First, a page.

Legislative bull's eye: Mortgage lenders, brokers

The subprime crisis has generated heat on the Hill to prevent abusive lending in the future.

By Jeanne Sahadi, CNNMoney.com senior writer

NEW YORK (CNNMoney.com) -- The subprime crisis has put lawmakers under pressure to do something not only to help homeowners who could lose their homes but also to nail the guys who created the mess.

While there's lots of blame to go around, lawmakers are likely to focus on how to rein in lenders, brokers, appraisers and, not insignificantly, mortgage investors.

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Senate Banking Committee Chairman Christopher Dodd (D-Conn.) last week proposed a predatory lending bill.

That bill is geared toward permanently expanding mortgage borrower protections and weeding out unscrupulous lenders.

Among other things, Dodd's bill would:

  • Require lenders to assess borrowers' ability to pay the mortgage even after a rate reset if they're signing up for an adjustable-rate loan.
  • Require lenders to verify subprime borrowers' income with documentation. Earlier this year, the Federal Reserve
  • Prohibit pre-payment penalties and yield spread premiums (YSP) in subprime loans. A pre-payment penalty is the fee some lenders charge if you end up paying off your mortgage early, including if you choose to refinance. It sometimes can be as high as six months' worth of mortgage payments. A YSP is the difference between the the lowest interest rate a borrower qualifies for, and the actual rate he gets. A broker's fee may be based on it.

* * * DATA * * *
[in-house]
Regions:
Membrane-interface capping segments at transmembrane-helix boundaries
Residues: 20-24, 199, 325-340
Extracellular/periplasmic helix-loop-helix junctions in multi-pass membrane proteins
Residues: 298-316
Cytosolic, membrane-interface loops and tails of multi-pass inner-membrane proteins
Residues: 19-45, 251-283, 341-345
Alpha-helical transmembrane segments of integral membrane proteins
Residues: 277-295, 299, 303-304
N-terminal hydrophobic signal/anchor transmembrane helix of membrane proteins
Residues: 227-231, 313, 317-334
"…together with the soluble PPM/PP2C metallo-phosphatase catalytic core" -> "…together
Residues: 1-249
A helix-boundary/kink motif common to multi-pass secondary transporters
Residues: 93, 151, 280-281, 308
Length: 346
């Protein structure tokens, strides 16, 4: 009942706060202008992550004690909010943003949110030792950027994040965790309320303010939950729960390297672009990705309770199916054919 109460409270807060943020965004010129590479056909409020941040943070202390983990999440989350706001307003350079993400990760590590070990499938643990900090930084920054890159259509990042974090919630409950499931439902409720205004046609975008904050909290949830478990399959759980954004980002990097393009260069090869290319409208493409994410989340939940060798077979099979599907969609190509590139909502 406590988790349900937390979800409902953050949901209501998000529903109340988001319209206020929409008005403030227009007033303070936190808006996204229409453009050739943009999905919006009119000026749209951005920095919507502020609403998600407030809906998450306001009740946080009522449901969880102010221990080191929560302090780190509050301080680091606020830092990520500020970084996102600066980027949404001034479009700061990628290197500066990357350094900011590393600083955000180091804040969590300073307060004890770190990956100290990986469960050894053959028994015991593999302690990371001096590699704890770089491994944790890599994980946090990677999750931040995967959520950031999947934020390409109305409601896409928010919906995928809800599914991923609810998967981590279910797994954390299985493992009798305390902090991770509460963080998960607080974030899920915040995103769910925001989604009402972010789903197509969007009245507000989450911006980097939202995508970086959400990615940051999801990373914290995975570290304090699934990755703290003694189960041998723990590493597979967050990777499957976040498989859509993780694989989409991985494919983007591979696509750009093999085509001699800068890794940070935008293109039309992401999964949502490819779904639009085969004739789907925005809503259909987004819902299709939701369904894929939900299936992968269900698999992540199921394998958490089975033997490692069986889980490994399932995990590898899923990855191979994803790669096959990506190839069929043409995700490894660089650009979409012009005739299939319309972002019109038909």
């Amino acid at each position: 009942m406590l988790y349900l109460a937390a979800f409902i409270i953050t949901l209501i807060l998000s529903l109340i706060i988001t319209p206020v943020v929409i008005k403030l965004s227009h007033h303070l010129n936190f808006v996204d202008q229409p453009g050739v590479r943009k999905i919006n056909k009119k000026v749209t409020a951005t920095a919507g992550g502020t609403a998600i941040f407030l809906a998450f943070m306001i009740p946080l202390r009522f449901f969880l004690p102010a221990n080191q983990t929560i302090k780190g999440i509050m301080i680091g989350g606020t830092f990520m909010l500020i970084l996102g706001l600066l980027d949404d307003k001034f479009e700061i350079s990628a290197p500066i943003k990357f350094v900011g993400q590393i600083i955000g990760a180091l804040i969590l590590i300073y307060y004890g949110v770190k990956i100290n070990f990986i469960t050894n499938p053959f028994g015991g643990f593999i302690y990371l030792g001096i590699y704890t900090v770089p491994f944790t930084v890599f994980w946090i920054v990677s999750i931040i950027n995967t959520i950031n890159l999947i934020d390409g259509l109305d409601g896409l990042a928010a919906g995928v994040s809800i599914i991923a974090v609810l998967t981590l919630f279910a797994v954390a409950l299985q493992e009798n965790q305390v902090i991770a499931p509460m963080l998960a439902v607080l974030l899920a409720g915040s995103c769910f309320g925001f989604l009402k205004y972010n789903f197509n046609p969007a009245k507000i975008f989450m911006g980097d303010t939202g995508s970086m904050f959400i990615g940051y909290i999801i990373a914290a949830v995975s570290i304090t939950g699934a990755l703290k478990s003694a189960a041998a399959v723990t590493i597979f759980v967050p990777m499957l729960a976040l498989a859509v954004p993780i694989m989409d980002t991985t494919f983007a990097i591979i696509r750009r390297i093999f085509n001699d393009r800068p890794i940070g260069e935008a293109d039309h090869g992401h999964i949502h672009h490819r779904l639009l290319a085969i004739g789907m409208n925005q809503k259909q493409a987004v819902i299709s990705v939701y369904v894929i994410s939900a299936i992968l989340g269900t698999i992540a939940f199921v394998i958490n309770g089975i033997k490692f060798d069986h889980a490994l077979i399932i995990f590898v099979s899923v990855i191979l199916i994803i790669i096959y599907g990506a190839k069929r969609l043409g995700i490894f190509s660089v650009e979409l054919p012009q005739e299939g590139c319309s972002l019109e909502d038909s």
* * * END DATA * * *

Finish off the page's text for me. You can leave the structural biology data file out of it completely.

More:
• Prohibit steering borrowers to more expensive loans when they qualify for lower cost ones.
  • Hold lenders liable for appraisals and for brokers' actions when the broker is paid based on yield spread premiums.

Jaret Seiberg, a financial services analyst at policy research firm Stanford Group, said Barney Frank (D-Mass.), chairman of the House Financial Services Committee, is also expected to propose a reform bill with somewhat similar provisions.

In addition, Seiberg said, Frank also may include provisions that address mortgage securitizers (those who bundle and sell loans as securities). They would be held liable if they buy loans that violate the bill's provisions unless they can show they took steps to avoid buying predatory or deceptive loans. (What readers are saying about government's responses to real estate problems)

"This [provision] is intended to force securitizers to police nonbank lenders," Seiberg wrote in research note.

Many also argue that the robust appetite on Wall Street for mortgage-backed securities encouraged subprime growth, because banks didn't have to keep such risky loans on their books and could just sell them to investors as part of bundled packages.

Seiberg noted, however, that liability provisions are what could prove to be the major sticking point in any mortgage reform legislation.

Right now, the Dodd proposals are likely to serve as a template for any Senate bill, Seiberg wrote. And, he added, "if delinquencies and foreclosures rise appreciably in the coming months, the bill could get much worse for mortgage lenders." Top of page